Donald Ray Pollock’s novel “The Heavenly Table” tells the outlandish story of three brothers who embark on a ghoulish crime spree in the early years of the 20th century. Pollock discusses his book Monday, July 25, at Seattle’s Elliott Bay Book Co.
There’s just no way to emerge unsullied and unscathed from Donald Ray Pollock’s Southern Gothic outlaw tale “The Heavenly Table” (Doubleday, 365 pp., $27.95). Readers venturing into this grim territory, out beyond Cormac McCarthy and Patrick DeWitt, in the bizarre vicinity of Harry Crews’ manic intensity and the depraved noir of Jim Thompson, are apt to be startled and disturbed by what they witness, and not least of all by the sound of their own laughter.
It is 1917, and while the civilized world enjoys such modern conveniences as flush toilets, machine guns and mustard gas, poor laborers in the rural South might as well be living in the Dark Ages. When their god-fearing father Pearl suddenly departs to dine with his maker at the titular table, the Jewett brothers — smart Cain, loutish Cob and fiery Chimney — sift through their meager patrimony, which includes a Bible and a picaresque dime novel titled “The Life and Times of Bloody Bill Bucket.”
Fatefully, they reject the former, taking the latter as their career guide. Stumbling into a desultory crime spree, the trio head north by horseback to Canada, pursued by swelling ranks of bounty hunters lured on by the brothers’ growing reputation for infamy, mostly spurious.
Donald Ray Pollock
The author of “The Heavenly Table” will appear at 7 p.m. Monday, July 25, at Seattle’s Elliott Bay Book Co.; free (206-624-6600 or elliottbaybook.com).
In their path lies Southern Ohio and the farm of Ellsworth and Eula Fiddler, and their wastrel son Eddie. Ellsworth and Eula think Eddie has run away to join the U.S. Army, but he can more reliably be found haunting the outskirts of “The Celestial Harem of Earthly Delights,” more commonly known as the “Whore Barn,” swiftly erected to service the nearby army-training camp.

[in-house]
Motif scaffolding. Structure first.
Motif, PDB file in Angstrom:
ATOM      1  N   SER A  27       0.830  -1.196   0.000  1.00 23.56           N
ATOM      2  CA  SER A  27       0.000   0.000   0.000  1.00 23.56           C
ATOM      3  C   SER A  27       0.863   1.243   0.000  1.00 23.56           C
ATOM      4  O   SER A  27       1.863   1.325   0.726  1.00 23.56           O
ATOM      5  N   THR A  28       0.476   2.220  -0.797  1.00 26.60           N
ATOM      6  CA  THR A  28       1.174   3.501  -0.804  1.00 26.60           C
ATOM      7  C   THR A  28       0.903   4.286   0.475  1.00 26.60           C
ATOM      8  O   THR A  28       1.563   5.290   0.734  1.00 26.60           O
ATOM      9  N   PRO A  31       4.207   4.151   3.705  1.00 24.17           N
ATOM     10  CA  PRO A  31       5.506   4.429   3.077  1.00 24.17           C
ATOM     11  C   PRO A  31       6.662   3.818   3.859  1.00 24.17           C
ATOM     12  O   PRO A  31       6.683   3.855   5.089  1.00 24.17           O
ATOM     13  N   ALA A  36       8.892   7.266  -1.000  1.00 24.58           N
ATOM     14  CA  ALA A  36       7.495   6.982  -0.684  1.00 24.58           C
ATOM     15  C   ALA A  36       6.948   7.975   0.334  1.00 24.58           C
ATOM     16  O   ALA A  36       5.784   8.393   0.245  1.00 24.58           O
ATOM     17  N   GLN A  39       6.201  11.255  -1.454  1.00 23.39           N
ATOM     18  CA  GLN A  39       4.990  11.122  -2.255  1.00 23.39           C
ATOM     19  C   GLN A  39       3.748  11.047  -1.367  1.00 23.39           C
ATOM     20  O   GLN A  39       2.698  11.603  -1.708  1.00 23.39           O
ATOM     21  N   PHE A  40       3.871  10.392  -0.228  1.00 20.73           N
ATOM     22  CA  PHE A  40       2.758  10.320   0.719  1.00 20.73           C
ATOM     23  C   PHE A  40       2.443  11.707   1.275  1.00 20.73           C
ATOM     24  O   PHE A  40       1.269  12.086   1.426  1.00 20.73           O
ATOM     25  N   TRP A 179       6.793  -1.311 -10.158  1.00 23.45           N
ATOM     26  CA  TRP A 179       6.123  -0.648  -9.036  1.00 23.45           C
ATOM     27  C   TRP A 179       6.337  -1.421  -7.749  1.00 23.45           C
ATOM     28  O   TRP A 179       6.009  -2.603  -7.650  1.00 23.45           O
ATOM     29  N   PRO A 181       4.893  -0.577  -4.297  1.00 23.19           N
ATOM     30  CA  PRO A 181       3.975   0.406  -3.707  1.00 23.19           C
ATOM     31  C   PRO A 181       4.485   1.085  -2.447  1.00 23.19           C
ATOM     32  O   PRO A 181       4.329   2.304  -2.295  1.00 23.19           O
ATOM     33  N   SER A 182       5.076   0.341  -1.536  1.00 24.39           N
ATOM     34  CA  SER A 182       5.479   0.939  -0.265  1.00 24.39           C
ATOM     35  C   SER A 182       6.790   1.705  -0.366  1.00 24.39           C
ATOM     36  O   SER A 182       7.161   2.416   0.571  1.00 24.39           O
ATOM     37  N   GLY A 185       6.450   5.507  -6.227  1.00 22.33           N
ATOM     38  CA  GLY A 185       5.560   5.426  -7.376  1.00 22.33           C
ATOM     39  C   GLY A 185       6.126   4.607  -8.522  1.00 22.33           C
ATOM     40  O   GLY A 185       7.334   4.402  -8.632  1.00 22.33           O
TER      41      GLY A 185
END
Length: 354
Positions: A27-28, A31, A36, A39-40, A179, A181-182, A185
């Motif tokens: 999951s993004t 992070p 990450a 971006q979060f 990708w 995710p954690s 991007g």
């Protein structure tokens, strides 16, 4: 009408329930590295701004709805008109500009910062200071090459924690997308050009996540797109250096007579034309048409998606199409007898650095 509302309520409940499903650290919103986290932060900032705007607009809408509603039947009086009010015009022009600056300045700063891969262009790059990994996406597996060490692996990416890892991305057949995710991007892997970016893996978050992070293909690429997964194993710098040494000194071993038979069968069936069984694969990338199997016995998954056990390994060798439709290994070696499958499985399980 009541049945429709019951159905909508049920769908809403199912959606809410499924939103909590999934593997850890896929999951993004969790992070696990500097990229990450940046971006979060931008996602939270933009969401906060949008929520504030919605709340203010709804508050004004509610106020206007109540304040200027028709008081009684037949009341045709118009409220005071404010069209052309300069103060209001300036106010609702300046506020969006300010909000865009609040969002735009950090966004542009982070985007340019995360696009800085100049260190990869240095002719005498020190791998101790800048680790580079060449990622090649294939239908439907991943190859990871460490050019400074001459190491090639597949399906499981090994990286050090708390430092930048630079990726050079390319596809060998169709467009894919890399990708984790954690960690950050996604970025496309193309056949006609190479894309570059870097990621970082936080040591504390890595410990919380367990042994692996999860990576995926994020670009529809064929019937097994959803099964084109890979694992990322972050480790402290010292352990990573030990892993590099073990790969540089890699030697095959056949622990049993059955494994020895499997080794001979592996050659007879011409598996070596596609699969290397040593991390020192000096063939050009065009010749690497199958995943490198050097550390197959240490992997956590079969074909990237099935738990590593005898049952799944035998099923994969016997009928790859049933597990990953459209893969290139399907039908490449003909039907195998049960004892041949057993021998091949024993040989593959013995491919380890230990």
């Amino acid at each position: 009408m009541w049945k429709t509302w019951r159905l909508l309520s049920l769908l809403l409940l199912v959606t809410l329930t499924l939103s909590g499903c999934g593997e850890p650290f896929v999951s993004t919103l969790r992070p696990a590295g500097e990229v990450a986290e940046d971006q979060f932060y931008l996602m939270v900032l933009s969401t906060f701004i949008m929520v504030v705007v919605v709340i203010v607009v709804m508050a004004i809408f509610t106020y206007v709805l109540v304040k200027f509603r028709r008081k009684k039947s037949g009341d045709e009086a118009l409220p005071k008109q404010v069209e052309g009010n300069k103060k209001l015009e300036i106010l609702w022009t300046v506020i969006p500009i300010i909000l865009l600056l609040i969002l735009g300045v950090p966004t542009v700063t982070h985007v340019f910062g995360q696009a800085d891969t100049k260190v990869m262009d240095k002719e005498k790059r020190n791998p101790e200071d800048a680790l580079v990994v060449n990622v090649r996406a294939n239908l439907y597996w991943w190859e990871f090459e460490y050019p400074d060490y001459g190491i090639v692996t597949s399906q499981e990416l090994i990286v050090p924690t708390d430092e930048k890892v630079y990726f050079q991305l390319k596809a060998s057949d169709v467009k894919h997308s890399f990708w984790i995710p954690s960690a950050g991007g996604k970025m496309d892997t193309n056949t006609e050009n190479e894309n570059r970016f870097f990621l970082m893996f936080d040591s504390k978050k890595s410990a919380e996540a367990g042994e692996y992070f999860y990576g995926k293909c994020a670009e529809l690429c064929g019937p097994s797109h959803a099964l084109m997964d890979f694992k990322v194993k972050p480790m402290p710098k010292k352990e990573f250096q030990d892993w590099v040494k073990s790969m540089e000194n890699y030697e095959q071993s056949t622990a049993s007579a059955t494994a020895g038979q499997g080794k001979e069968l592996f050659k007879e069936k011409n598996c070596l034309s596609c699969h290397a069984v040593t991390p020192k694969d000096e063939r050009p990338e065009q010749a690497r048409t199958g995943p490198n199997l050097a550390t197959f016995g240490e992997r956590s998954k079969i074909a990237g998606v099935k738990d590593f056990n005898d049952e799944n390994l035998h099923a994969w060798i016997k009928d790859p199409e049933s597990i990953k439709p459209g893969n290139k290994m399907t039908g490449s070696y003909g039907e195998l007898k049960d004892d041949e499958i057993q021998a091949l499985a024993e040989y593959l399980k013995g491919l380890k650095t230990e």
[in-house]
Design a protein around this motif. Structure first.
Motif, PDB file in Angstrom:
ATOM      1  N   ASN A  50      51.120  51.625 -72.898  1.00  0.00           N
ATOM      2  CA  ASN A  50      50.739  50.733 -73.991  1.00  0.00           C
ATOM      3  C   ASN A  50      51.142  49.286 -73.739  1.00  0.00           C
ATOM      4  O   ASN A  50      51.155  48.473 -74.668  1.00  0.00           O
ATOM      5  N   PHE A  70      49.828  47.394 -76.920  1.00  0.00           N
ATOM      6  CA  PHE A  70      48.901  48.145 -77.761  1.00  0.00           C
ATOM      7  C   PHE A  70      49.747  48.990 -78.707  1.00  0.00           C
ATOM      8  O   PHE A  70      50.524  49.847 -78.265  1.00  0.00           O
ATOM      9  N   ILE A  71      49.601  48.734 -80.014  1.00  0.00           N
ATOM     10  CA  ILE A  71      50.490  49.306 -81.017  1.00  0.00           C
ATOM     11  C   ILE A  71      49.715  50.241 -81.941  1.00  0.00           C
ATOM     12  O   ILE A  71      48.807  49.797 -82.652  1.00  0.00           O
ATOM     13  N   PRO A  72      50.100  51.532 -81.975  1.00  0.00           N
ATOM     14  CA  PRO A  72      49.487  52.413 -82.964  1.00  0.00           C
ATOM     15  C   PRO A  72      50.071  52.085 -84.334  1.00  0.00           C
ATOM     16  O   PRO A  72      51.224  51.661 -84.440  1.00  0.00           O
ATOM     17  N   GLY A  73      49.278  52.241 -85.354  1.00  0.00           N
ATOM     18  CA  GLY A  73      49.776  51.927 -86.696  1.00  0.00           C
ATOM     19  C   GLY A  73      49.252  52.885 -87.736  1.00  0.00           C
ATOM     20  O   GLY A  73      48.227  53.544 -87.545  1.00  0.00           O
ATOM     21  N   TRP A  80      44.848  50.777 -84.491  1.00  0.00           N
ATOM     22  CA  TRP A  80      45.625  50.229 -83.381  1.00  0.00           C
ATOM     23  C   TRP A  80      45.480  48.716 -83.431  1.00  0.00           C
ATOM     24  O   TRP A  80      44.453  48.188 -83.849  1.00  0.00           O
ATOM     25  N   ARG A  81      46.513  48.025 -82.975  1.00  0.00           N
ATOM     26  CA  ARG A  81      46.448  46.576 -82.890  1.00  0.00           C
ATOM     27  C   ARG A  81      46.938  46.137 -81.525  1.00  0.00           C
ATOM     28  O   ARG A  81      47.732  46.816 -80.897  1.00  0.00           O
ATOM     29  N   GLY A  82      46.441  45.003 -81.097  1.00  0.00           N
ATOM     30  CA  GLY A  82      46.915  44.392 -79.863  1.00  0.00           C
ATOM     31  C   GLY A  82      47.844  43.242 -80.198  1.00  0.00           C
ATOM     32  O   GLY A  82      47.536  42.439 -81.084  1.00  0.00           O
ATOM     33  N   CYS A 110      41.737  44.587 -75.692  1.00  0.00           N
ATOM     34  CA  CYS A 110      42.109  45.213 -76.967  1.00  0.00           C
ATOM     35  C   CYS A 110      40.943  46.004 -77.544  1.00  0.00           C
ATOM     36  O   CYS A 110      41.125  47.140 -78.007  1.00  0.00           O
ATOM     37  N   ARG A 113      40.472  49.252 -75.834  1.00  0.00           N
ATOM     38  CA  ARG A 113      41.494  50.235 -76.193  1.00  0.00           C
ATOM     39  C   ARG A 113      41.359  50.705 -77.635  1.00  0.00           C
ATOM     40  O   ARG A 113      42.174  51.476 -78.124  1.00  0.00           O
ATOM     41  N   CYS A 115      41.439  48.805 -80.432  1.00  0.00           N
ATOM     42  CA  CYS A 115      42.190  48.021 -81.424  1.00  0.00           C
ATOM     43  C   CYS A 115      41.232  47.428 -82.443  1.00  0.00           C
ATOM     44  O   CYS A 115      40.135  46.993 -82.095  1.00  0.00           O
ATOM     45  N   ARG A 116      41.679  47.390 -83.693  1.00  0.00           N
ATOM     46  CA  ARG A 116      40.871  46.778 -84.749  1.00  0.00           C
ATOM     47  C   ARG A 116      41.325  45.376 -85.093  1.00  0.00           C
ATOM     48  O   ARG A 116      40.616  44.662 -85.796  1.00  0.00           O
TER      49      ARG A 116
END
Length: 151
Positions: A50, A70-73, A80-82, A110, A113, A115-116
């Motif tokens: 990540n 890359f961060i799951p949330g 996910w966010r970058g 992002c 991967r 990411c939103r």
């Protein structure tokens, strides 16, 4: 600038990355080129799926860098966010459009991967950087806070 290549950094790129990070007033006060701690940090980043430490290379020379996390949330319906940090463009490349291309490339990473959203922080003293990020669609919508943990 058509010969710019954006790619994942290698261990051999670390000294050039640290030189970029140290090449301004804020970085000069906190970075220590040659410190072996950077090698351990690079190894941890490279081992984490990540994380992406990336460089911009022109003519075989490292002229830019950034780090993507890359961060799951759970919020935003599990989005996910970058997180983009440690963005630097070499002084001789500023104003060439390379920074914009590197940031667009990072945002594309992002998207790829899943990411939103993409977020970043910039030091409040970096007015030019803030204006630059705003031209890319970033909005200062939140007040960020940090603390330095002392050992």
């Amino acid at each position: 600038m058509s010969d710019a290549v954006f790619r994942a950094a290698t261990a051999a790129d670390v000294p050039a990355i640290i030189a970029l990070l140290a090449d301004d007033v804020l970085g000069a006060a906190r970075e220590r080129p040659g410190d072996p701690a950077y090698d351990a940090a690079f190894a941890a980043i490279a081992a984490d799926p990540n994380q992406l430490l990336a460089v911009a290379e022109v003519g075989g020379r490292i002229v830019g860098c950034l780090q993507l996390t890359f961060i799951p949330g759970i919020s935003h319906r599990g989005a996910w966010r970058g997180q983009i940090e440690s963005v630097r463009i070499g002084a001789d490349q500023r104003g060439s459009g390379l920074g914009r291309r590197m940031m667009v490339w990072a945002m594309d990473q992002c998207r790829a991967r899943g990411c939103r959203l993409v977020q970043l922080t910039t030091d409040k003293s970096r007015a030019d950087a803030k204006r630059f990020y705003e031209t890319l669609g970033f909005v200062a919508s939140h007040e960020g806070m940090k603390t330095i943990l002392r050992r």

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Other local luminaries include the freakishly over-endowed Jasper Cone, an official outhouse inspector who knows all the dirt; Army Lieutenant Vincent Bovard, a closeted homosexual intent on achieving a glorious death with his men in the trenches; and Frank Pollard, a barkeeper with a sideline in sadistic murder that would give Sweeney Todd a run for his money.
The first murder doesn’t happen until almost a quarter of the way into the book, but after that Pollock makes up for lost time, splattering blood and brains with Grand Guignol invention and a studied casualness that is both distancing and disconcerting.
By the time an African-American dandy named Sugar strolls onto the scene halfway through the book, the reader almost wants to wave him off. Don’t join this narrative; it isn’t safe here!
While this unpredictable menace drives the story, it is in the vividness of Pollock’s descriptions of sordidness and depravity that his dark genius shines. No stone is left unturned, and under each and every stone something nasty squirms or scurries away from the light.
Pollock varies haunting details such as the ghosts of massacred mulattoes singing in the trees with grotesque flourishes, such as Pearl Jewett’s pillow stuffed with the dried tapeworm that dispatched his wife.
All of this is leavened by brilliant turns of phrase, profane jokes and folksy aphorisms, resulting in a kind of irresistible vision of a foolish, fallen world. While some readers will feel that Pollock goes too far, others will find him very much in step with the times.